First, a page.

Roche Suit Seeks to Recover $87M From Fraudulent Sale of Diabetes Test Strips

Roche Holding AG headquarters. Photographer: Stefan Wermuth/Bloomberg

Roche Holding AG headquarters. Photographer: Stefan Wermuth/Bloomberg

Roche Diagnostics claims in a new lawsuit that its glucose test strips for diabetes patients were at the center of an $87 million insurance fraud scheme carried out by a Utah company.

The suit filed in Newark federal court Tuesday names six former officers and directors of Alliance Medical Holdings as defendants, as well as a series of affiliate companies that allegedly financed Alliance's fraudulent activities—Hughes & Company Investment Partners and the Pritzker Group, both of Chicago, and Mercato Partners of Cottonwood Heights, Utah. Also named as a defendant is Zions Bancorporation of Salt Lake City. Those companies allegedly knew of and approved the fraudulent scheme, the suit claims.

The suit says Alliance ran an elaborate scheme to obtain blood glucose test strips that were manufactured and packaged by Roche for sale by mail-order insurance plans, but sold those strips to beneficiaries of insurance plans that cover test strips under a pharmacy benefit.

Alliance then submitted claims to pharmacy benefit plans, allowing it to illegally exploit the substantial difference in wholesale list price and insurance reimbursement rates between the two products, the suit claims. Roche said in the suit that it seeks "to obtain compensation for the damages caused by defendants' fraud and other wrongful acts."

Alliance, based in South Jordan, Utah, is not a party in Roche's suit. It filed a Chapter 11 petition in U.S. Bankruptcy Court for the Southern District of Texas in 2017.

The suit said Alliance's fraudulent enterprise had a New Jersey arm at Peterson's Pharmacy in South Amboy, which the company purchased in 2016. Peterson's Pharmacy submitted false insurance claims for over 10 million Roche test strips between 2014 and 2017, and several of the individual defendants were personally involved in establishing, operating or managing Alliance's fraudulent activities in New Jersey through Peterson's Pharmacy, the suit said.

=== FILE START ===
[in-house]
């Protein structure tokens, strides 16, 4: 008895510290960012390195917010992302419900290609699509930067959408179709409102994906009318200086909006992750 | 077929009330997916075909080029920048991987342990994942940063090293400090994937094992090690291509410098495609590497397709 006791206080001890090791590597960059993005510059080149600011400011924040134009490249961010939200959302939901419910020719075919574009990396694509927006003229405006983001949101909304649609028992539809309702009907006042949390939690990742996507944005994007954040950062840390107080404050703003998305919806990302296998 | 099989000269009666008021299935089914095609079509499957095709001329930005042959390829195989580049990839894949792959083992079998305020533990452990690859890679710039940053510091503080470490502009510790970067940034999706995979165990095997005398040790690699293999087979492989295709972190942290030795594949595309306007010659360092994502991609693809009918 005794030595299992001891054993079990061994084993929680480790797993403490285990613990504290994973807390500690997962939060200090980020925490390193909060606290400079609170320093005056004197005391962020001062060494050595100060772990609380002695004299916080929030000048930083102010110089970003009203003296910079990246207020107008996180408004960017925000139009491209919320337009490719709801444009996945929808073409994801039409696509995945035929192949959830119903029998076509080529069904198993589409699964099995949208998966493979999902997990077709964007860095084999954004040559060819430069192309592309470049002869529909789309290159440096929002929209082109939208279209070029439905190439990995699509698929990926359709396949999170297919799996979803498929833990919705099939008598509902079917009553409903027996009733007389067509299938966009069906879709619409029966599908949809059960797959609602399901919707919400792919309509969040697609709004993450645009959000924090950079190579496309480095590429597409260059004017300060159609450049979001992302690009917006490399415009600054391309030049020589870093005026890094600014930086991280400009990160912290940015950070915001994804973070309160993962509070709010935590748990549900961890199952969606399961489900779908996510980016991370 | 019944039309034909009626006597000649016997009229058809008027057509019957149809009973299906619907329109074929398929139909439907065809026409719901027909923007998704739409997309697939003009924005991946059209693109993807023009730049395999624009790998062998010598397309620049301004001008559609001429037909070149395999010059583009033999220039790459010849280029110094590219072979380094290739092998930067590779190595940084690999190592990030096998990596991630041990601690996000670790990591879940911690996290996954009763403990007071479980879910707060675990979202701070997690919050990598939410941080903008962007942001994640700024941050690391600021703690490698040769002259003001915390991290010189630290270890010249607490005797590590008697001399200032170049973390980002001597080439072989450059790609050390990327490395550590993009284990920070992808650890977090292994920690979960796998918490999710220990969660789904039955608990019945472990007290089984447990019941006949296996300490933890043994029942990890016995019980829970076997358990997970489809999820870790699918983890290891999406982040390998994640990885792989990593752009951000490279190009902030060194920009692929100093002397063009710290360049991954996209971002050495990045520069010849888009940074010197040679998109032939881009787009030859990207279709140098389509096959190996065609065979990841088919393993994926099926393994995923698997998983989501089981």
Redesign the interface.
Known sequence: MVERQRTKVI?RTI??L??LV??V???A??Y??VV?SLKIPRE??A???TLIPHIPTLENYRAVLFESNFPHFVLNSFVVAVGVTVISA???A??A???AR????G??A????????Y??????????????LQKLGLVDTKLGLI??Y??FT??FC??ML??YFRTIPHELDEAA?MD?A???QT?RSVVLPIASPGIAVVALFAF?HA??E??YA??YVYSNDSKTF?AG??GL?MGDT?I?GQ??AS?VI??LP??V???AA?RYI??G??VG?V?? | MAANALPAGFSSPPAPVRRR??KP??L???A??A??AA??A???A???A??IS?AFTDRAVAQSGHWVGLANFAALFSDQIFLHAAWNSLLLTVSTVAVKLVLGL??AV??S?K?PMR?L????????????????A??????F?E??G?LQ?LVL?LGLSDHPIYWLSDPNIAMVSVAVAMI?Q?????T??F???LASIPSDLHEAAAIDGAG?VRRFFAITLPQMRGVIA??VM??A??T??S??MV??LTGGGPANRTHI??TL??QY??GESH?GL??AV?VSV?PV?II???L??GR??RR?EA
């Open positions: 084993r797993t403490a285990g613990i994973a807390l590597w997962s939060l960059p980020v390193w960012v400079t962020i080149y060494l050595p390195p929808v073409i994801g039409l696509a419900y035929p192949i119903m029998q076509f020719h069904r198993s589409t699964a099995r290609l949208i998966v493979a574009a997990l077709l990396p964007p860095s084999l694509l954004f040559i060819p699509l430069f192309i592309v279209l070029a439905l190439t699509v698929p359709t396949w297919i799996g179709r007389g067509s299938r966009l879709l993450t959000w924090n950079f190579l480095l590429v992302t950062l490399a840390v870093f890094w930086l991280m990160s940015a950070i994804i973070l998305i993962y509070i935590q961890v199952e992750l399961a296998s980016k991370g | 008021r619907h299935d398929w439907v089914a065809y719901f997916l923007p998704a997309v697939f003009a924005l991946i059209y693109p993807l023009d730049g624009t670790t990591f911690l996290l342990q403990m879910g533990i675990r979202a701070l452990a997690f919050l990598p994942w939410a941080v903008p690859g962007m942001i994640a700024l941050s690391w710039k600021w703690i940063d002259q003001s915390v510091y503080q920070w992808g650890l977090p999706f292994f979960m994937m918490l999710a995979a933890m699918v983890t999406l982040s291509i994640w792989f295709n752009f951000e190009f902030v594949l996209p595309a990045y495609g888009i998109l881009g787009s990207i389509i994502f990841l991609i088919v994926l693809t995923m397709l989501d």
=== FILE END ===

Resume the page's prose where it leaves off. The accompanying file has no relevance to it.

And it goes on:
Alliance built a base of diabetes patients through websites that obtained valuable information about consumers by having them sign up for various services and discounts, Roche claims. Alliance employees in call centers phoned these people to convince them to buy test strips from Alliance.

Alliance acquired its low-cost Roche test strips from "diverters" or third parties, who obtain them from distributors willing to breach their contract with manufacturers and sell their strips on the secondary market, the suit claims.

Roche strips labeled for retail sale were sold to wholesalers at prices ranging from $51 to $78 for a vial containing 50 strips, the suit said. The wholesalers sell the strips to retailers at a markup from the wholesale price. A patient's insurance plan reimburses the pharmacy at an additional markup. Roche then pays a rebate to the insurance company, for an amount that was redacted from the public version of the complaint.

In comparison, Roche sells strips labeled "not for retail sale" to mail-order distributors for under $20 for a 50-strip vial, and insurance plans reimburse the mail-order distributor at a small markup on this price. Roche does not pay rebates to insurance plans for strips sold through mail order, the company says.

Roche brings claims under the federal and New Jersey versions of the Racketeer Influenced and Corrupt Organizations Act against all defendants other than Zions Bancorporation. Against all defendants, it brings claims for conspiracy to violate federal and New Jersey RICO laws; fraud; unjust enrichment; negligent misrepresentation; and tortious interference with prospective business relations.

Roche is represented by Geoffrey Potter, chairman of the anti-counterfeiting practice at Patterson Belknap Webb & Tyler in New York, who declined to comment.

Representatives of Hughes & Co., Pritzker Group, Mercato Partners and Zions Bancorporation did not respond to requests for comment.